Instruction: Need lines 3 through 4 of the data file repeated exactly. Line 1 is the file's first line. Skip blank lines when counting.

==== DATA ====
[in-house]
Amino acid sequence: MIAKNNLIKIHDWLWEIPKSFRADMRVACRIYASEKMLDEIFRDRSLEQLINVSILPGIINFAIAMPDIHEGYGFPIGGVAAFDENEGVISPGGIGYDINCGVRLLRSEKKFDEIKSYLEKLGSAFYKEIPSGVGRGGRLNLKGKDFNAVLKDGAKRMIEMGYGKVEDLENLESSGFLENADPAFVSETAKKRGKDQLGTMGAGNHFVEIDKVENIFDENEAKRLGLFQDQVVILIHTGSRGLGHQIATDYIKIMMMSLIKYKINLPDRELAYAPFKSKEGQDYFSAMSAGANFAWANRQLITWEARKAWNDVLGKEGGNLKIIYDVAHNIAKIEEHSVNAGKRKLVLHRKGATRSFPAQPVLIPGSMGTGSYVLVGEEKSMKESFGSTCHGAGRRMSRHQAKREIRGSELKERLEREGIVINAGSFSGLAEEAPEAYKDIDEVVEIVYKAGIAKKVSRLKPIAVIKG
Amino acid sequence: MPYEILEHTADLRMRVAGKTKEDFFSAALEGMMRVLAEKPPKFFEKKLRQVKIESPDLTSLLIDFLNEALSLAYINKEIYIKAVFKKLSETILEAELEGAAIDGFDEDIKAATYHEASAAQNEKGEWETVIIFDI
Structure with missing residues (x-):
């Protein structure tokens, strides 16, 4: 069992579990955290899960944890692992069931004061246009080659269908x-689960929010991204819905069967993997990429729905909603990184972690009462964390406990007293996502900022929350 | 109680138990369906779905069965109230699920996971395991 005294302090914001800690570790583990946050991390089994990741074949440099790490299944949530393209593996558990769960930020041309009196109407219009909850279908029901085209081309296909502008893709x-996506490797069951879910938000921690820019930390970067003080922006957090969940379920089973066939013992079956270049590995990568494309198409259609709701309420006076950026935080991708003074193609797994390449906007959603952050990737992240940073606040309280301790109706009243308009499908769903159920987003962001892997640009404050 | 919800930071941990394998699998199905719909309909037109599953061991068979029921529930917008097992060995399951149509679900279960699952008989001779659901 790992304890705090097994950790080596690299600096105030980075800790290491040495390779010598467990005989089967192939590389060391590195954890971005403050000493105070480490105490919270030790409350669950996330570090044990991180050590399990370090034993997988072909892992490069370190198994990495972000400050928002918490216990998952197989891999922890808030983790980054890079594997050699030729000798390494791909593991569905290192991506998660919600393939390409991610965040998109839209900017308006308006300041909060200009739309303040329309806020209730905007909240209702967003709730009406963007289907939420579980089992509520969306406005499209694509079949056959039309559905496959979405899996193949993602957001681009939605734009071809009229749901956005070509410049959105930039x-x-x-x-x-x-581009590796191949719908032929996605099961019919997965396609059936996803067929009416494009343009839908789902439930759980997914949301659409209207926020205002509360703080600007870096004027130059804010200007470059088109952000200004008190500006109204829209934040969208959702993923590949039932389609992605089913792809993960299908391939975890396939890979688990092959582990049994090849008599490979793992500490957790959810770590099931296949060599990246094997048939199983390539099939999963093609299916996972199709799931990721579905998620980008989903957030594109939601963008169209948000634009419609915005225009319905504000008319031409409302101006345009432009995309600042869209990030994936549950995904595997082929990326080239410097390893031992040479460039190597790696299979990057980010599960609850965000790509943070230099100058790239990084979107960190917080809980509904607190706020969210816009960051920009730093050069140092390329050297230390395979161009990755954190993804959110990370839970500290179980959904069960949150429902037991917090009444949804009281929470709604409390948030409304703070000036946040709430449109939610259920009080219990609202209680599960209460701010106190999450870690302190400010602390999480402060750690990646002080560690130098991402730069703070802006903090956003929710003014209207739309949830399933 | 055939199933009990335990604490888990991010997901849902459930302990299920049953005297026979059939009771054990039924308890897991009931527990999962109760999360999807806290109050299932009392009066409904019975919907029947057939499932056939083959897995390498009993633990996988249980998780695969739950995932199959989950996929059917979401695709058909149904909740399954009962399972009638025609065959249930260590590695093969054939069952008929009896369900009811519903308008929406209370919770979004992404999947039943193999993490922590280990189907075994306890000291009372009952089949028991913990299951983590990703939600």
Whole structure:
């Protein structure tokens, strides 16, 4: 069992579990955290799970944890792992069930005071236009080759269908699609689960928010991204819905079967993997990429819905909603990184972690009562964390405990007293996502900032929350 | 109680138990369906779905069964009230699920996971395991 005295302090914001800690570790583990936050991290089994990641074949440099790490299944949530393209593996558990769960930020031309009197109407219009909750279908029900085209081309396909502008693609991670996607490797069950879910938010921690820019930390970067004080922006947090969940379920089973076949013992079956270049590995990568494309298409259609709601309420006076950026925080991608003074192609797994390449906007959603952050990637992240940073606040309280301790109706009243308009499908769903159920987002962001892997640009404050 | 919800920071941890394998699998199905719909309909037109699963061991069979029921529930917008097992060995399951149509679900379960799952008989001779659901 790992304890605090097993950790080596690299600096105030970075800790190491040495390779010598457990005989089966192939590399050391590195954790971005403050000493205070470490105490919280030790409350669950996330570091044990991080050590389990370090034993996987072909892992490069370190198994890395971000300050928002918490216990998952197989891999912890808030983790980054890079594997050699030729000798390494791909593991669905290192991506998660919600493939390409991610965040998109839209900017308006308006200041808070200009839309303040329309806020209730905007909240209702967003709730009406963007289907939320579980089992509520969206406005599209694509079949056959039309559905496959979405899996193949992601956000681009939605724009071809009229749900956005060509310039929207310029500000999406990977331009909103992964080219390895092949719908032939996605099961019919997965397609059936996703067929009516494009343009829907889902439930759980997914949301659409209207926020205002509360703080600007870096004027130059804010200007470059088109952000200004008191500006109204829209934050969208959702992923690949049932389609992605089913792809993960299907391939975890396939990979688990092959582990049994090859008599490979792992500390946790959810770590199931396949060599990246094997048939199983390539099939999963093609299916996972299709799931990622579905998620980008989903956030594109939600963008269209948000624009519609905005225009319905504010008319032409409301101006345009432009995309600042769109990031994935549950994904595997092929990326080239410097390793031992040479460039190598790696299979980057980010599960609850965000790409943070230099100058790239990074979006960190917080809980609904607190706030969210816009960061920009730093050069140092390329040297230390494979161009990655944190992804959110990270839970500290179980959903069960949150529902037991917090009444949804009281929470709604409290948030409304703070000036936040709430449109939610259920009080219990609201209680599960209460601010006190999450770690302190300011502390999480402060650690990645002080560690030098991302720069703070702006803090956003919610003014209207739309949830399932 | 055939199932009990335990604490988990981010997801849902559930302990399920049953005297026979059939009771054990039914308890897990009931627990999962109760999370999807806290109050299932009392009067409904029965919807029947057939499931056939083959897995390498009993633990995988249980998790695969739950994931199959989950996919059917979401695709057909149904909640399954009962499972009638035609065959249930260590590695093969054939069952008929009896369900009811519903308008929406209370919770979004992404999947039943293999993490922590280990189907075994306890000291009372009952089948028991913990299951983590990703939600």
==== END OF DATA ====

Amino acid sequence: MPYEILEHTADLRMRVAGKTKEDFFSAALEGMMRVLAEKPPKFFEKKLRQVKIESPDLTSLLIDFLNEALSLAYINKEIYIKAVFKKLSETILEAELEGAAIDGFDEDIKAATYHEASAAQNEKGEWETVIIFDI
Structure with missing residues (x-):